Mark opens a 16th chapter with the same women, the only witnesses, returning to the tomb with spices to anoint the body according to custom. Because Jesus died just before the sabbath started there had been no time to do this properly beforehand. With the sabbath over, they come to the tomb to finish the job wondering how on earth they will get in. The large disk-shaped stone set in a little channel formed the doorway. It would have been difficult for the women to budge but when they reached the tomb, the stone is already rolled back. Looking inside, there’s a young man dressed in white, presumed to be an angelic presence. He tells them plainly that Jesus is not in the tomb because he has been raised from the dead. They must pass the message back to the men, to the disciples and to Peter, that he will go ahead of them into Galilee. ‘There you will see him just as he told you.’ (Mark 16.7) Even though the angel told them not to be afraid, Mark says that they fled from the tomb, for terror and amazement had seized them; and they said nothing to anyone, for they were afraid.’ (Mark 16.8) That’s the end of the gospel! The last line, certainly according to the oldest and most authentic manuscripts. Mark’s gospel has no polished crafted end such as Matthew or sequel as in the case of Luke and Acts. The gospel ends with the greatest truth of the Christian gospel entrusted to women running scarred.
Did Mark intend to end at that point? Or did he write a bit more which has been lost? Opinion has varied over time. Many in the earliest church clearly felt it should have a bit added on and some of these alternative endings appear in our bibles.
While we might well ponder how Mark’s gospel ends, there are three further points to consider from these verses.
Firstly, the way the mundane and the extraordinary blend together in Mark’s telling of the story. The spices they bring to anoint his body, that the sun had just risen, the conversation about how the stone might be moved and then the unprecedented angelic appearance but with a calm coherent message for the women and the other disciples. Given how momentous the discovery of this empty was, Mark hardly gives it Hollywood treatment. As we read and reread his account, we can sense an attempt to accurately record what took place, the memories of the two Marys and Salome because that’s how it happened.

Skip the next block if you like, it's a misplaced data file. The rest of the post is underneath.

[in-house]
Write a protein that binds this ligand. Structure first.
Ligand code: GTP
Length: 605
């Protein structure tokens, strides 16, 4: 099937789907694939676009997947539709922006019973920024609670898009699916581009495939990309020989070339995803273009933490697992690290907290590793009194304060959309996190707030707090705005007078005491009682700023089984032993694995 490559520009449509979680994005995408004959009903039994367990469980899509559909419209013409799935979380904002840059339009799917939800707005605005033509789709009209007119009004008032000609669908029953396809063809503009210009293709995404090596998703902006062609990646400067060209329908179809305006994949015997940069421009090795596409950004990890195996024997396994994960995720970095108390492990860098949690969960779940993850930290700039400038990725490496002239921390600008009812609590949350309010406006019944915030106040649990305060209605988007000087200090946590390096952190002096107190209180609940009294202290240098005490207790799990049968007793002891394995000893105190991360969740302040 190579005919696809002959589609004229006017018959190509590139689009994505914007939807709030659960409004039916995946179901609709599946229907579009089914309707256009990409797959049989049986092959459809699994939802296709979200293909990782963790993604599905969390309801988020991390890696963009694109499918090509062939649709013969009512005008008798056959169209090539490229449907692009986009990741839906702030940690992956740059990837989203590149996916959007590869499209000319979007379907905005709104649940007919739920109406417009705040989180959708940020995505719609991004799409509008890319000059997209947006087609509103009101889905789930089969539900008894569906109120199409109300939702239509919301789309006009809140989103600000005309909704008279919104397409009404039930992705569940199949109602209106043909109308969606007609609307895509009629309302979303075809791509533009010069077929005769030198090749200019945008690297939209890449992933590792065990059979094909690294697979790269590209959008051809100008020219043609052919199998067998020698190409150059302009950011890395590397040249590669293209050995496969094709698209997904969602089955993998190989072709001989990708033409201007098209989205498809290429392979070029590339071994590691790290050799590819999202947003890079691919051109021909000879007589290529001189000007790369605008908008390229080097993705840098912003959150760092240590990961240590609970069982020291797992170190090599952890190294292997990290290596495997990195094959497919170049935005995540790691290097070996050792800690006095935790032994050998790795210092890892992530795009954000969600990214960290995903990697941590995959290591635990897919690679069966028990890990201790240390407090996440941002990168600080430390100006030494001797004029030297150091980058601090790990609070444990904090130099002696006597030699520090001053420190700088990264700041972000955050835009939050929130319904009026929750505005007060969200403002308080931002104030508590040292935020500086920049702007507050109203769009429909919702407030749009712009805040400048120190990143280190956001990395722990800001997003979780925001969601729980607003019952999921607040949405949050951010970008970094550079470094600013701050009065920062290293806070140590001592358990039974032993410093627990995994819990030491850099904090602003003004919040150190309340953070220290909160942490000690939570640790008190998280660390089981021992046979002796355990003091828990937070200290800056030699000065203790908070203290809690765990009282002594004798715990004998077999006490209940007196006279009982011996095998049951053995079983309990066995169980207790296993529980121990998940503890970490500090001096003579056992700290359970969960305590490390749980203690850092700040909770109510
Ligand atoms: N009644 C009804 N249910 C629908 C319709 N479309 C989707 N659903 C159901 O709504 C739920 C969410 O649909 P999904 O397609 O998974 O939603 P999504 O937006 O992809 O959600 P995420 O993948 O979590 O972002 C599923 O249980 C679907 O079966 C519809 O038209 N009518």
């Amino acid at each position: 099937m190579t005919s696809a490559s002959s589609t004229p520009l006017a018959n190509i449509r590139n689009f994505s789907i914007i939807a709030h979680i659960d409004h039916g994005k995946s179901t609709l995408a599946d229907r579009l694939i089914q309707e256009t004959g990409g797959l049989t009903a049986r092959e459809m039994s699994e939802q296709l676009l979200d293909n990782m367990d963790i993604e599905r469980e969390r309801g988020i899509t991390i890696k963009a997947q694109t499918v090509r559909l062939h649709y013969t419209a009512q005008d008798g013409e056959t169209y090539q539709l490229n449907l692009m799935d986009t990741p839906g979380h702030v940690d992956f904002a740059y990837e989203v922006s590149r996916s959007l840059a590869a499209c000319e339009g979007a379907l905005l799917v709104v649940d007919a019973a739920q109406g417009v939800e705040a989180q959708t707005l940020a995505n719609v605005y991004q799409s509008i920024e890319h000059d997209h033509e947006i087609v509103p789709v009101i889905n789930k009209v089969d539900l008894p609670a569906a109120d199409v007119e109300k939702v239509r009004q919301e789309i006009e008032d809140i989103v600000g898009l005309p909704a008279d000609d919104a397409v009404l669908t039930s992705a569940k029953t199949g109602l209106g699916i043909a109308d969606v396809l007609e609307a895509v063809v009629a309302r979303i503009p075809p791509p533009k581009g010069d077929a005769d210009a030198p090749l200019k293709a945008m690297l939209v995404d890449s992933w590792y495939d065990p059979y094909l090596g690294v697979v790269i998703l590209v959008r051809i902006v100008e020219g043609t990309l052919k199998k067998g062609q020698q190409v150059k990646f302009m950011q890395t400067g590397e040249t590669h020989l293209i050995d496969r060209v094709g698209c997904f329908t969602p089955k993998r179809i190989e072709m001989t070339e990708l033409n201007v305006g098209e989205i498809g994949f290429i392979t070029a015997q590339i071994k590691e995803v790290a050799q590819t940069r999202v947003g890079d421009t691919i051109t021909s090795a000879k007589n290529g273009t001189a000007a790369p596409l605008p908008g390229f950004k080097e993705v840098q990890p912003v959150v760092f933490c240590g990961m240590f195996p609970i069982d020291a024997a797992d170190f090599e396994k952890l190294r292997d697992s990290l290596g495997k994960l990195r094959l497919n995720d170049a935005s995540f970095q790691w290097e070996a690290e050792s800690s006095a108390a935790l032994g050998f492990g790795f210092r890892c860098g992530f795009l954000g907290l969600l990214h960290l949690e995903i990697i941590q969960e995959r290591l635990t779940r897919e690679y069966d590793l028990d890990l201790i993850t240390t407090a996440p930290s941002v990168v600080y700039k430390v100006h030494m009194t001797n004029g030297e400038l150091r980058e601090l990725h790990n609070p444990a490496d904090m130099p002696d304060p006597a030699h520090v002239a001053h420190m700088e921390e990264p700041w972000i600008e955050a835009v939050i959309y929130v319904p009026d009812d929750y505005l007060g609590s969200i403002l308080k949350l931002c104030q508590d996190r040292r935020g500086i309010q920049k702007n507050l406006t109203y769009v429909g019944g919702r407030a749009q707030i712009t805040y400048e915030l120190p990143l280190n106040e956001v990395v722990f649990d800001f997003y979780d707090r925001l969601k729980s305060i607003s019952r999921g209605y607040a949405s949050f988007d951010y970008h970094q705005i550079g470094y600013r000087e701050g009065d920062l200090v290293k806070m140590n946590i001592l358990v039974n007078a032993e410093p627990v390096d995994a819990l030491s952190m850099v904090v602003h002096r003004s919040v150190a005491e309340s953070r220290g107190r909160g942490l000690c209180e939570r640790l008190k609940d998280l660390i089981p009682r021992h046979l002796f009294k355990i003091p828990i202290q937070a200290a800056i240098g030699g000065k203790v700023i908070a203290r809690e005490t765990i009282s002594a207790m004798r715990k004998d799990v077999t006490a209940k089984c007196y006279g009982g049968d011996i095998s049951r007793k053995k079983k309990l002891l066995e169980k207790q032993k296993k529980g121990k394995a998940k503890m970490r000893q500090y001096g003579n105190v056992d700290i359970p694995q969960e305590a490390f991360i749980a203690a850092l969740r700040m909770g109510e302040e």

Secondly, at this critical point in this telling of the Jesus story, it is the women who are centre stage. If Mark were wanting to make this all up, he might have found more credible witnesses for his time…men of standing. Instead, it is these three women who watch and see Jesus die…that he is dead, see him placed in the tomb noting where it is and are the first to find it empty and receive a heavenly message that he has been raised…because that’s how it happened.
Thirdly, perhaps Mark’s gospel ends as it does because the story has not finished. Yes, the Holy Spirit would come, and the story of the early church be written up in the Acts of the Apostles and the letters. But Jesus had talked about coming that we might have life and have it to the full. (John 10.10) As we open our hearts to the risen Christ, receive his love, forgiveness and wholeness, all of his followers continue the story that Mark wrote.
This thought is captured in the final words of a great series of novels by C S Lewis. The Last Battle, the last of the Narnia books ends like this: ‘ All their life in this world and all their adventures in Narnia had only been the cover page: now at last they were beginning Chapter One of the Great Story which no one on earth has read: which goes on forever: in which every chapter is better that the one before.’
Easter Day 04.04.2021